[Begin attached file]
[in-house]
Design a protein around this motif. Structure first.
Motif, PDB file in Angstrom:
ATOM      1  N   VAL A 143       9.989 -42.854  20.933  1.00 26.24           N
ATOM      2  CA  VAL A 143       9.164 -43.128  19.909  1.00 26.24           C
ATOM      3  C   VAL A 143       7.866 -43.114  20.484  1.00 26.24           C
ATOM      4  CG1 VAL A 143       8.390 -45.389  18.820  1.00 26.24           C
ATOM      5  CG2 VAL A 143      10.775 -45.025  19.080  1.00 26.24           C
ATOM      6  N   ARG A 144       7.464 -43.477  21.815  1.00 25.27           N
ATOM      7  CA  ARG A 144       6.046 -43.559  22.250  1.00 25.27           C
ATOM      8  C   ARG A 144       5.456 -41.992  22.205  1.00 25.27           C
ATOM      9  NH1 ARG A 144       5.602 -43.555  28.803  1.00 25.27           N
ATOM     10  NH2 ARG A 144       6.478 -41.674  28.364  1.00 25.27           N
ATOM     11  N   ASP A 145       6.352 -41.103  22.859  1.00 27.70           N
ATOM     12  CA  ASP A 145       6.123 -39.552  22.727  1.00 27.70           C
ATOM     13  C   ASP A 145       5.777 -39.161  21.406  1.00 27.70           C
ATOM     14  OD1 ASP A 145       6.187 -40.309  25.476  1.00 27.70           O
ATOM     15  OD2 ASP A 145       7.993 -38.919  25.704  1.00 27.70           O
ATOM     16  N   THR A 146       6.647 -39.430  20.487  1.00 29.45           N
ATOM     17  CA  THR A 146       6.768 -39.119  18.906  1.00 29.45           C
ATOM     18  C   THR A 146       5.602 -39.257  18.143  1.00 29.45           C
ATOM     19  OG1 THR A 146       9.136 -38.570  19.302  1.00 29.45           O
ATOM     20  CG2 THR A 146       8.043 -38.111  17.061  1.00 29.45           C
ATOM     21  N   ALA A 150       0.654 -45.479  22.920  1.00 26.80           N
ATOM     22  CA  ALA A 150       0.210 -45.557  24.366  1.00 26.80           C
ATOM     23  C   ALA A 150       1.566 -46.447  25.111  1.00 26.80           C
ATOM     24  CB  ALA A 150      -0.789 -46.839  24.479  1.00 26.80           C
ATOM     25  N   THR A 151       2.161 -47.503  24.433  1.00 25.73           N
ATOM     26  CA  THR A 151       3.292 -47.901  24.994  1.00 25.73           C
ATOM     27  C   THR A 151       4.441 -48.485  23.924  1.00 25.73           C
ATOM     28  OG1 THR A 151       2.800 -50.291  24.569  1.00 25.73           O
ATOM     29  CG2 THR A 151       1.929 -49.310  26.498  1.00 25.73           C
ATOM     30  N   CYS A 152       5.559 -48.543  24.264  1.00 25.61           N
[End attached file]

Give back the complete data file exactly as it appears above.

[in-house]
Design a protein around this motif. Structure first.
Motif, PDB file in Angstrom:
ATOM      1  N   VAL A 143       9.989 -42.854  20.933  1.00 26.24           N
ATOM      2  CA  VAL A 143       9.164 -43.128  19.909  1.00 26.24           C
ATOM      3  C   VAL A 143       7.866 -43.114  20.484  1.00 26.24           C
ATOM      4  CG1 VAL A 143       8.390 -45.389  18.820  1.00 26.24           C
ATOM      5  CG2 VAL A 143      10.775 -45.025  19.080  1.00 26.24           C
ATOM      6  N   ARG A 144       7.464 -43.477  21.815  1.00 25.27           N
ATOM      7  CA  ARG A 144       6.046 -43.559  22.250  1.00 25.27           C
ATOM      8  C   ARG A 144       5.456 -41.992  22.205  1.00 25.27           C
ATOM      9  NH1 ARG A 144       5.602 -43.555  28.803  1.00 25.27           N
ATOM     10  NH2 ARG A 144       6.478 -41.674  28.364  1.00 25.27           N
ATOM     11  N   ASP A 145       6.352 -41.103  22.859  1.00 27.70           N
ATOM     12  CA  ASP A 145       6.123 -39.552  22.727  1.00 27.70           C
ATOM     13  C   ASP A 145       5.777 -39.161  21.406  1.00 27.70           C
ATOM     14  OD1 ASP A 145       6.187 -40.309  25.476  1.00 27.70           O
ATOM     15  OD2 ASP A 145       7.993 -38.919  25.704  1.00 27.70           O
ATOM     16  N   THR A 146       6.647 -39.430  20.487  1.00 29.45           N
ATOM     17  CA  THR A 146       6.768 -39.119  18.906  1.00 29.45           C
ATOM     18  C   THR A 146       5.602 -39.257  18.143  1.00 29.45           C
ATOM     19  OG1 THR A 146       9.136 -38.570  19.302  1.00 29.45           O
ATOM     20  CG2 THR A 146       8.043 -38.111  17.061  1.00 29.45           C
ATOM     21  N   ALA A 150       0.654 -45.479  22.920  1.00 26.80           N
ATOM     22  CA  ALA A 150       0.210 -45.557  24.366  1.00 26.80           C
ATOM     23  C   ALA A 150       1.566 -46.447  25.111  1.00 26.80           C
ATOM     24  CB  ALA A 150      -0.789 -46.839  24.479  1.00 26.80           C
ATOM     25  N   THR A 151       2.161 -47.503  24.433  1.00 25.73           N
ATOM     26  CA  THR A 151       3.292 -47.901  24.994  1.00 25.73           C
ATOM     27  C   THR A 151       4.441 -48.485  23.924  1.00 25.73           C
ATOM     28  OG1 THR A 151       2.800 -50.291  24.569  1.00 25.73           O
ATOM     29  CG2 THR A 151       1.929 -49.310  26.498  1.00 25.73           C
ATOM     30  N   CYS A 152       5.559 -48.543  24.264  1.00 25.61           N